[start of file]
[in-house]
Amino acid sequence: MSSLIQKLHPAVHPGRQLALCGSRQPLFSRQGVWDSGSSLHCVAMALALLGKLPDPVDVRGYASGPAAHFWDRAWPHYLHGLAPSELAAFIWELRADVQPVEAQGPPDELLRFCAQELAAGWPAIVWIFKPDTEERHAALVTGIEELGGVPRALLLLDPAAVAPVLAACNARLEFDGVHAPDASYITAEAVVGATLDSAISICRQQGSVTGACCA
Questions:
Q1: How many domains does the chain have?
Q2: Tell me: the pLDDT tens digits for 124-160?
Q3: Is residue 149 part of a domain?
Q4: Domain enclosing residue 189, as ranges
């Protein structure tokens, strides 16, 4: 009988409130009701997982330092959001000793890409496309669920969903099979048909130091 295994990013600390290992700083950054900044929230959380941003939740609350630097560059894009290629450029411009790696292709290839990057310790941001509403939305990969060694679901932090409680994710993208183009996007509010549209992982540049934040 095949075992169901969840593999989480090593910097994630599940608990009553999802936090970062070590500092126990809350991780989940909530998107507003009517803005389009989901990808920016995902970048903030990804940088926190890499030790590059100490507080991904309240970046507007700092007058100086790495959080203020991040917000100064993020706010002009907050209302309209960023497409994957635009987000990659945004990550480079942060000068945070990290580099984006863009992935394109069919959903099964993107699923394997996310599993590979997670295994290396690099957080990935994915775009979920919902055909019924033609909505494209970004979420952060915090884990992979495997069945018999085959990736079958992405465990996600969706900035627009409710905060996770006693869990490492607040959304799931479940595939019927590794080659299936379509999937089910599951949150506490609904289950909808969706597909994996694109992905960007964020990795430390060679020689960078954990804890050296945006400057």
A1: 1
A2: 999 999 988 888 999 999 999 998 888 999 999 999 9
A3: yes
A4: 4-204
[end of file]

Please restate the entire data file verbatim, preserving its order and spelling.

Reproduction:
[in-house]
Amino acid sequence: MSSLIQKLHPAVHPGRQLALCGSRQPLFSRQGVWDSGSSLHCVAMALALLGKLPDPVDVRGYASGPAAHFWDRAWPHYLHGLAPSELAAFIWELRADVQPVEAQGPPDELLRFCAQELAAGWPAIVWIFKPDTEERHAALVTGIEELGGVPRALLLLDPAAVAPVLAACNARLEFDGVHAPDASYITAEAVVGATLDSAISICRQQGSVTGACCA
Questions:
Q1: How many domains does the chain have?
Q2: Tell me: the pLDDT tens digits for 124-160?
Q3: Is residue 149 part of a domain?
Q4: Domain enclosing residue 189, as ranges
């Protein structure tokens, strides 16, 4: 009988409130009701997982330092959001000793890409496309669920969903099979048909130091 295994990013600390290992700083950054900044929230959380941003939740609350630097560059894009290629450029411009790696292709290839990057310790941001509403939305990969060694679901932090409680994710993208183009996007509010549209992982540049934040 095949075992169901969840593999989480090593910097994630599940608990009553999802936090970062070590500092126990809350991780989940909530998107507003009517803005389009989901990808920016995902970048903030990804940088926190890499030790590059100490507080991904309240970046507007700092007058100086790495959080203020991040917000100064993020706010002009907050209302309209960023497409994957635009987000990659945004990550480079942060000068945070990290580099984006863009992935394109069919959903099964993107699923394997996310599993590979997670295994290396690099957080990935994915775009979920919902055909019924033609909505494209970004979420952060915090884990992979495997069945018999085959990736079958992405465990996600969706900035627009409710905060996770006693869990490492607040959304799931479940595939019927590794080659299936379509999937089910599951949150506490609904289950909808969706597909994996694109992905960007964020990795430390060679020689960078954990804890050296945006400057």
A1: 1
A2: 999 999 988 888 999 999 999 998 888 999 999 999 9
A3: yes
A4: 4-204